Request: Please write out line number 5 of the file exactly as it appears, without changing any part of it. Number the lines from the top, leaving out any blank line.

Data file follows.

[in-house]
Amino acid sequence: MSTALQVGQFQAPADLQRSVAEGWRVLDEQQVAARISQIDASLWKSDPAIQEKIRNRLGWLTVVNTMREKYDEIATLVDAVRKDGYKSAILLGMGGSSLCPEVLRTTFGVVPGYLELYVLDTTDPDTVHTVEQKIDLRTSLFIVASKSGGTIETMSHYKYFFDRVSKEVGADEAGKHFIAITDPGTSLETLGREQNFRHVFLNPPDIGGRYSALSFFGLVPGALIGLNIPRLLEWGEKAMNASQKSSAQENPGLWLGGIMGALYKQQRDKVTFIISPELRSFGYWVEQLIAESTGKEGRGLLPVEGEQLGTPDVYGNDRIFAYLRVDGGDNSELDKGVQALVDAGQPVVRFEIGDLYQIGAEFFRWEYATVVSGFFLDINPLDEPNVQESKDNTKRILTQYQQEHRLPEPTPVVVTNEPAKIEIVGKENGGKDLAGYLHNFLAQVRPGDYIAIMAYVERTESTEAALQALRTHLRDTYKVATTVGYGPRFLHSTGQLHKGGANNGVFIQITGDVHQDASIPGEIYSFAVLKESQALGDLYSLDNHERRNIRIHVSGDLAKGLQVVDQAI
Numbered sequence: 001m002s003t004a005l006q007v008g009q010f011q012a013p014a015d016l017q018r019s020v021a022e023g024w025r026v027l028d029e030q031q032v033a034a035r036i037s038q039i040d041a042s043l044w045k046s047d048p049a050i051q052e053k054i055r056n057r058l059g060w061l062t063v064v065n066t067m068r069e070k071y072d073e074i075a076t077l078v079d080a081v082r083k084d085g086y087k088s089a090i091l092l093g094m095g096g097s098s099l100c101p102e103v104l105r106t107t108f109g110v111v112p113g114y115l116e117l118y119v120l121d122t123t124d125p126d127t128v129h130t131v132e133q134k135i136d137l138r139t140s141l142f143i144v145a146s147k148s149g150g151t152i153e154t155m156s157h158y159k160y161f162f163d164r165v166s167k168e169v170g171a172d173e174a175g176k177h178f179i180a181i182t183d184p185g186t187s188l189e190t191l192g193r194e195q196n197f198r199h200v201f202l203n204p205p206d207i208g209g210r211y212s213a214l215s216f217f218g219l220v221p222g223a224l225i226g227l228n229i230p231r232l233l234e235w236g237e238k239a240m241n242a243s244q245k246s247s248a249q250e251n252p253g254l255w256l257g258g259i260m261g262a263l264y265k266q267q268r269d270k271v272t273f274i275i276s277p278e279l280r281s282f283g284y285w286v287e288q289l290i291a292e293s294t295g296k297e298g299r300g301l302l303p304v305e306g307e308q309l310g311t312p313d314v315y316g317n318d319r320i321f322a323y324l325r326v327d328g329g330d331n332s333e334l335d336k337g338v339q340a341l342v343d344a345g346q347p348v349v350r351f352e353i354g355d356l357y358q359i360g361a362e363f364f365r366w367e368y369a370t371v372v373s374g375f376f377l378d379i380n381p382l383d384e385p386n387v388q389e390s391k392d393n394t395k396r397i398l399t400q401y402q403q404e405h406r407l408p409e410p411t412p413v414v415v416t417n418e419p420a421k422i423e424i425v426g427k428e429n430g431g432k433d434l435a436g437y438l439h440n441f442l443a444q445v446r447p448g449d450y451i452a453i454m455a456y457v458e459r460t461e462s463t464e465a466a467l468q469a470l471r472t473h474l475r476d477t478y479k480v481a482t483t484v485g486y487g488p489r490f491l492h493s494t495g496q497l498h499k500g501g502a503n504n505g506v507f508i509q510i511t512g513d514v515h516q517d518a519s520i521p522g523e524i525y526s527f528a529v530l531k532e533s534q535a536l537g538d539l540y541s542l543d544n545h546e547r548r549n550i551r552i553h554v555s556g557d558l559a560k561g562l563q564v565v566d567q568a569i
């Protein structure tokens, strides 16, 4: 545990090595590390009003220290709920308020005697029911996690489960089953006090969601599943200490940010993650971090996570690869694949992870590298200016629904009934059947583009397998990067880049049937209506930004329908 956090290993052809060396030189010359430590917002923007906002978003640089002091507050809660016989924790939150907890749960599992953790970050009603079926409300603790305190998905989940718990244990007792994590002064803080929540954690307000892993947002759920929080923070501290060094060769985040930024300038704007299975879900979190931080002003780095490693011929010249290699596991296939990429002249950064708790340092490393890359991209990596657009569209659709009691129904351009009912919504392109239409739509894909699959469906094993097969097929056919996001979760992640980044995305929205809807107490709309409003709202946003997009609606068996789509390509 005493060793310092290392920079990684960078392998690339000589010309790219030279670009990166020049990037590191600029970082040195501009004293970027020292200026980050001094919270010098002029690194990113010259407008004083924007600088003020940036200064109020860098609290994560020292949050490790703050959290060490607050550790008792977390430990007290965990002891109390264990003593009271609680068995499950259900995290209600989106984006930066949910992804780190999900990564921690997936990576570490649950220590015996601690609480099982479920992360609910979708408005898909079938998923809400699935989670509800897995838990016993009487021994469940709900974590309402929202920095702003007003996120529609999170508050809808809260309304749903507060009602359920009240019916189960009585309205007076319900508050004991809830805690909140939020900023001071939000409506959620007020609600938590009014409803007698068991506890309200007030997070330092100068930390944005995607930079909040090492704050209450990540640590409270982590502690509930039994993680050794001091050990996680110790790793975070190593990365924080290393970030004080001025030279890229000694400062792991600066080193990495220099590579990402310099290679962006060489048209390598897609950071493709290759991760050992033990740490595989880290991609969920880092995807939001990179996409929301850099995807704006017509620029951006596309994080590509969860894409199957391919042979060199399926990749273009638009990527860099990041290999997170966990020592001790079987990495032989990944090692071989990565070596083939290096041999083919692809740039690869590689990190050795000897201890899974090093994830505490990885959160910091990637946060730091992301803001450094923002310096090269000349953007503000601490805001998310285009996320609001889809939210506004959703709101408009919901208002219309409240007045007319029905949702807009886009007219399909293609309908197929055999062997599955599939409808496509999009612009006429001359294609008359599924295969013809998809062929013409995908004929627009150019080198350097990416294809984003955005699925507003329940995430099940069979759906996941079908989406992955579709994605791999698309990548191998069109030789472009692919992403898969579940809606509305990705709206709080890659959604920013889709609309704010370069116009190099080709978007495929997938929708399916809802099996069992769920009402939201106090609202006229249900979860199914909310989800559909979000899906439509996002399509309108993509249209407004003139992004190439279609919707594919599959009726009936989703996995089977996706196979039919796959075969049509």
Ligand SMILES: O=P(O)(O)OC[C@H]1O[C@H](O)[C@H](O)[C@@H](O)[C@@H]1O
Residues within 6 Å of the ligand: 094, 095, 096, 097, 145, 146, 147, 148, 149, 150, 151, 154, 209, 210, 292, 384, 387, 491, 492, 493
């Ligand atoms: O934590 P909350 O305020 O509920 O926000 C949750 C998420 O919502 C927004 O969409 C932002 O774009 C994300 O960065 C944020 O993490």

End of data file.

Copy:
Ligand SMILES: O=P(O)(O)OC[C@H]1O[C@H](O)[C@H](O)[C@@H](O)[C@@H]1O